While the dispute rages, anxiety-filled tenants can only wait and watch.
“The best case scenario is just to get them out and try to find them somewhere else to go,” said Atlanta Legal Aid attorney Stefanie Sparks, who is part of a special team her office created to deal with the crush of tenants looking for help.
“These clients are surely going to be evicted, and there is not much representation we can provide,” Sparks added.
Many are in fragile health and too ill to work.
Two roommates interviewed say they are scraping together money to keep the lights on and pay the $822 in overdue rent and fees. Each pays one third of her $760 monthly disability income toward rent and the rest is subsidized. They have receipts that prove they paid on time every month, Sparks said.
“I can’t go through this anymore,” the 56-year old client said. She and her 52-year-old roommate have been diagnosed with debilitating anxiety and bipolar disorder in addition to being HIV positive. They worry the turmoil will force them to be hospitalized.
“I can’t go through this, either,” her roommate said. “I’m not starting over. I’m not going without a fight.”
The clients requested that The Atlanta Journal-Constitution withhold their names for fear of discrimination if their illnesses becomes public knowledge.
Living Room Executive Director Jerome Brooks said his nonprofit can’t pay its portion of their subsidized rent because the city is hundreds of thousands of dollars behind on its payments.
City leaders agree that the crisis is a result of long-festering problems at the city's HOPWA program, which administers about $23 million in federal funds to serve clients in 28 counties in and around Atlanta. Service providers said they are frustrated over the city's chronically late payments, poor management and under-staffing. A top official at Georgia Equality, which advocates for the LGBTQ community, said it has lost confidence in the city's ability to manage the crisis.
It’s unclear what plans the city has made to ensure its clients continue to have housing or utilities.
City spokesman Michael Smith did not make Office of Grant Management Director Karen Carter available for an interview or answer questions about the program’s status. Carter oversees the HOPWA program.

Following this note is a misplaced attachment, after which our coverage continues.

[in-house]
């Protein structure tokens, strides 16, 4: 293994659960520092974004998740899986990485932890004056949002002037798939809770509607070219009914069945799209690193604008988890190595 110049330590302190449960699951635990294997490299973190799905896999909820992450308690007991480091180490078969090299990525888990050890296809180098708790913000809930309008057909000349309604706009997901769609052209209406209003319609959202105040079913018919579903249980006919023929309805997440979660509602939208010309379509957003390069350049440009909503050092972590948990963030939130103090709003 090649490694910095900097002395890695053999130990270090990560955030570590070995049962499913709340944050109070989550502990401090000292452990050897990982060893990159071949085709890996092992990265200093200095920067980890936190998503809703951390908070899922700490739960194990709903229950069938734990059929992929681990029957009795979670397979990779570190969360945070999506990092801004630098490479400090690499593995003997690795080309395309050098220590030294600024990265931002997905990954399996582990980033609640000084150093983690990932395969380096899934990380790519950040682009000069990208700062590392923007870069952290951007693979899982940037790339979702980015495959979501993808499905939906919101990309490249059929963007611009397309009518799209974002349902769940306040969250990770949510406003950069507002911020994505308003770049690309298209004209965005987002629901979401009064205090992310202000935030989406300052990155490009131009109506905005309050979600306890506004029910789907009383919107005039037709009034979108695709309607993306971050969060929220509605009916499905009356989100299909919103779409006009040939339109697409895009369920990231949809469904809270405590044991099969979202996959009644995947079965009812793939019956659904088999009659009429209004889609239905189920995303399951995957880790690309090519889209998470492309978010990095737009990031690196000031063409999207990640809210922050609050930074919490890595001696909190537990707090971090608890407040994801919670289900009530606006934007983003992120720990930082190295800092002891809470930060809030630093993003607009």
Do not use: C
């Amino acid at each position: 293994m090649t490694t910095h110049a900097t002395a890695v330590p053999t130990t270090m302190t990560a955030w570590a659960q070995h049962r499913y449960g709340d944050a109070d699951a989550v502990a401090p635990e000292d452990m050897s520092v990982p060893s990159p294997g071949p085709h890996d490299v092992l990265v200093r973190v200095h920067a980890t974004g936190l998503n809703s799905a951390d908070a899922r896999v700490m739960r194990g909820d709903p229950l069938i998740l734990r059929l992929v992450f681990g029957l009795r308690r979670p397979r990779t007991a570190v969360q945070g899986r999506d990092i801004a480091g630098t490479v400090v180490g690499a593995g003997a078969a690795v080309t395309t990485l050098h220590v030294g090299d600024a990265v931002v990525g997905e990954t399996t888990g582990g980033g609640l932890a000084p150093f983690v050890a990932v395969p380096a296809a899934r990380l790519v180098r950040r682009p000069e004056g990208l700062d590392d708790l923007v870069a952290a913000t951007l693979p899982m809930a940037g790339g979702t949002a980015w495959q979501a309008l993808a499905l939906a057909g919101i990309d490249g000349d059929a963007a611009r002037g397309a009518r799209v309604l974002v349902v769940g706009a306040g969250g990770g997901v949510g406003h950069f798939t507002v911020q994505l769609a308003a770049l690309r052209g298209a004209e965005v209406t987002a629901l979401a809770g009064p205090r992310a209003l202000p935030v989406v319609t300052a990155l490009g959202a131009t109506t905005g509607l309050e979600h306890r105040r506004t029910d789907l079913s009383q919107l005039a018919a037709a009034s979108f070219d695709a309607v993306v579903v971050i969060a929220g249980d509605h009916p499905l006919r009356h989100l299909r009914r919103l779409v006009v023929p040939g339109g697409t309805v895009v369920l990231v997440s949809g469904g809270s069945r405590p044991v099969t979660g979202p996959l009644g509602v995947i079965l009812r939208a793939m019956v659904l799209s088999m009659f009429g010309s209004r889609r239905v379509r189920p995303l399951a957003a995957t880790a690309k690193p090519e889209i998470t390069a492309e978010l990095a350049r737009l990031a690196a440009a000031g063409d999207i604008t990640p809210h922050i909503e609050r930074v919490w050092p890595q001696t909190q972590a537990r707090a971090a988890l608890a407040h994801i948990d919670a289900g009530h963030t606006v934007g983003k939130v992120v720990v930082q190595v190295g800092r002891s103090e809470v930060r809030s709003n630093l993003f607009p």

A spokesman for the U.S. Department of Housing and Urban Development, which funds HOPWA, did not make Director of the Office of HIV/AIDS Housing Rita Harcrow available for comment or answer questions about what it plans to do to keep clients from becoming homeless. The agency released a statement saying it is working with the city to address the issue.
Federal rules do have provisions that can keep clients from homelessness, said Orlando Cabrera, a former assistant secretary for HUD.
“It would be a terrible thing if the City of Atlanta withheld funding from people who clearly need it, especially people who have HIV and are low income,” said Cabrera, who is now a partner at Arnall Golden Gregory. “HOPWA ultimately benefits low income survivors of HIV and AIDS. It seems to me that, absent extenuating circumstances, it would be a bad public policy decision to be putting people with HIV on the street.”
Rebirth Housing contracts with Living Room and Positive Impact Health Centers, which receive HOPWA dollars from the city.
Rebirth leases its units from landlords across the Atlanta area under its own name as many of these clients have low incomes, poor credit or other problems that keep them from qualifying to rent, said Todd Mitchell, who is head of Rebirth.
Because clients are not named on the leases, they have no standing in court when their landlords file for eviction, Sparks said.
“There really are no legal defenses for clients that aren’t on the lease,” Sparks said.
And because Rebirth provides utilities for about half of them, those clients will lose electricity and gas Friday. Mitchell said he cannot afford to pay for them because the Living Room owes him money. He informed the city, his clients and others of the shutoff well in advance, he said.
Verbal agreements to keep at least some of the city’s clients housed do exist, said Jennifer Hardaway of Serendipity Recovery, which houses HOPWA clients at Collier Heights Apartments. She is arranging with the city and other nonprofits to take on some Living Room clients after the eviction process is complete and hopes to keep a portion of them in the same units. Arrangements have not been formalized.
Many parties made mistakes that have led to the crisis, said Hardaway. “No way is the city to blame for all of this mess,” she said. She thinks the city will be able to keep all of its clients from homelessness, but the process will take time, money and manpower.
Brooks of the Living Room said he is working on delaying utilities shutoffs.
“There’s not a lot we can do,” Brooks said.